AP NEWS

Despite delays, Market Street renovations nearing completion

November 27, 2018

In June, officials with the owners of Market Street —Trademark Property Co. — announced a six-month renovation project — the first since the property opened in 2004. Delayed by an unusually rainy fall, the new face of Market Street is set to debut in the first two months of 2019.

“We felt that it was time to make some enhancements,” said Marketing Director Noemi Gonzalez. “We have to evolve with the times and changing customers.”

The project, designed by Colorado-based 505Design and built by Hoar Construction, will include replacing the grass in its centerpiece Central Park with synthetic turf, installing updated furniture, pathways, lighting and signage, remodel the landscaping, add new shaded areas with pergolas and will almost triple the amount of seating available around the 560,000-square foot property.

Although the renovation was initially expected to be complete before Thanksgiving and the beginning of the busiest shopping season of the year, Gonzalez said the shopping center has seen flat — even slightly elevated — numbers of shoppers compared to this time last year. In part, she added, because the project has taken no parking space and rarely disturbs the more than 80 retail spaces and 20 restaurants.

A primary focus of the project, and a major source of the delay, has been the pop jet fountain at the northern edge of the shopping center. To renovate it, contractors have had to completely dig up the site and replace the flooring, as well as install a new fountain infrastructure.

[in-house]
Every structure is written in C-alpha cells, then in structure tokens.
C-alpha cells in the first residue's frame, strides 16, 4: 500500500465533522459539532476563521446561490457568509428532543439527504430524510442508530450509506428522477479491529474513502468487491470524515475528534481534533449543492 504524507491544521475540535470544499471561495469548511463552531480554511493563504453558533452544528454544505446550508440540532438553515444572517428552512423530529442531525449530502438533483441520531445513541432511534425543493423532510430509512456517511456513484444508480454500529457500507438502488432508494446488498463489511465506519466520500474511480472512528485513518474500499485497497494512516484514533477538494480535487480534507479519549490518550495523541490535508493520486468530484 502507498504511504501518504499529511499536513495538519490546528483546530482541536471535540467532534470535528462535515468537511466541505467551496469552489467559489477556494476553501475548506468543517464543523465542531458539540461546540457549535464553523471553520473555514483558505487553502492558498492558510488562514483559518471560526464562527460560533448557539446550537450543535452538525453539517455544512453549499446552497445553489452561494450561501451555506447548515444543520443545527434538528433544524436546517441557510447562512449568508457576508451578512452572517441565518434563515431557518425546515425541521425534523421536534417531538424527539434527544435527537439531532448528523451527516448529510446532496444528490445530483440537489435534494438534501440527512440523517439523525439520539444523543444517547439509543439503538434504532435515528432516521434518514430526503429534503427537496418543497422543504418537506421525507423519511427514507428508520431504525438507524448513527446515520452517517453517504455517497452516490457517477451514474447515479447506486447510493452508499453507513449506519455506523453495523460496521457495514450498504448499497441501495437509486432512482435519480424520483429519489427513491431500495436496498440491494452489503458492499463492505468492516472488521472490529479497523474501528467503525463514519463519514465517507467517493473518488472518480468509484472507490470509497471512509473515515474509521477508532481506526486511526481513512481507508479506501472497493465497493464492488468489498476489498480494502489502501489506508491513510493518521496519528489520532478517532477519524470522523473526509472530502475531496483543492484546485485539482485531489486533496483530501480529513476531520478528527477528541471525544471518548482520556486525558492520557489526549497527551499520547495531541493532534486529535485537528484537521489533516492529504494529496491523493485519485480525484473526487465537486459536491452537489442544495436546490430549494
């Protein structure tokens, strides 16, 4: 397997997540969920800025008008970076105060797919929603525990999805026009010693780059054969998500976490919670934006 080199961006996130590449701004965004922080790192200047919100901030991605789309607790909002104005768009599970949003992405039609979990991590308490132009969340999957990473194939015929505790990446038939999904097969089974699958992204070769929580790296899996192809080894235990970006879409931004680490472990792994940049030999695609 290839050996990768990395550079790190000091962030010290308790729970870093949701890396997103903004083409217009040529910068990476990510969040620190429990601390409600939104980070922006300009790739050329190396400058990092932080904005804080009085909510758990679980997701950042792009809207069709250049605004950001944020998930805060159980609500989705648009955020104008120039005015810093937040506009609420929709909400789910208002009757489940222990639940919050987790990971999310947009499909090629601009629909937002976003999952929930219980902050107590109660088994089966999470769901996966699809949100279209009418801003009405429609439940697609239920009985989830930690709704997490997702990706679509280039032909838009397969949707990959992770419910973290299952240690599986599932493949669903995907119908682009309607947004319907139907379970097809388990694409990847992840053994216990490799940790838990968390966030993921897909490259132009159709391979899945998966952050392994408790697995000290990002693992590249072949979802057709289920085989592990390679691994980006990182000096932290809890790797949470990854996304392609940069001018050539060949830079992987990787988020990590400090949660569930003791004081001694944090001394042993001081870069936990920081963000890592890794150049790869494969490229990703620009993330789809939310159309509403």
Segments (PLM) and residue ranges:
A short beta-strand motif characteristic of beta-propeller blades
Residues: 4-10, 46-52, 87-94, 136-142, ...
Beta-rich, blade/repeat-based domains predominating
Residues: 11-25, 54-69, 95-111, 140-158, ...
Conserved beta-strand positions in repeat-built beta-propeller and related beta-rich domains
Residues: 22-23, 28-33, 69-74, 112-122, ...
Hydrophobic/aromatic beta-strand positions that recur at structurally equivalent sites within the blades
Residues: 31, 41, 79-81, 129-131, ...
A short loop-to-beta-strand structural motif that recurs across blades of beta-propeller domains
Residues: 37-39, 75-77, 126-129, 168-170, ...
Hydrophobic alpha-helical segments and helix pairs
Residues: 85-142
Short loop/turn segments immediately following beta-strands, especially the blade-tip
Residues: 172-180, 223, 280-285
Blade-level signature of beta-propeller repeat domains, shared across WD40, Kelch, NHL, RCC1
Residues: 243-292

“That’s what’s taking the longest — it was more than we anticipated,” Gonzalez said. “There were some drainage problems and a few more issues than we thought.”

Ironically, the same heavy rains that made replacing the grass in Central Park a priority has delayed the project. In the past, after heavy rains, the park would often have to be closed for weeks to allow the ground to recover and the grass to regrow. Most of the work is now complete, Gonzalez said, and the park and shopping area should return to normal by February.

Aside from the Market Street-wide infrastructure renovations, several retailers have undergone renovations of their own. The 70-room Hyatt Centric on the western edge of the center recently completed a renovation and replaced most of its interior features, Tommy Bahama remodeled the exterior and interior of its locale and enclosed its patio, allowing for year-round use, and new retailer True Food Kitchen opened in May. The space next to Michael Kors is also being renovated in anticipation of a new tenant, Gonzalez said.

The renovation project includes an overhaul of the Market Street logo suite. Gone is the star that marked the spot where residents of The Woodlands shopped upscale boutiques for 15 years — it’s been replaced by a modern, monochromatic, encircled M rolled out during an 18-month advertising campaign.

“We loved it, but it’s time to evolve,” Gonzalez said. “I wanted something fresher and cleaner that I could put on anything.”

The rebrand and renovation came at a perfect time for Market Street, Gonzalez said. The design of properties like Market Street are usually revisited every 10 or 15 years, and the shopping center is evolving to accommodate the changing population and demographics of The Woodlands. No major structural changes are being made, so the renovation is focusing on refreshing the wear-and-tear of Market Street.

Despite the construction around it, Market Street’s famed 70-foot Christmas tree was erected shortly before the Thanksgiving break. A break in the industrial fencing around it still allows for unobscured holiday photo sessions, Gonzalez said, allowing residents to continue celebrating the holidays at Market Street.

mrincon@chron.com

AP RADIO
Update hourly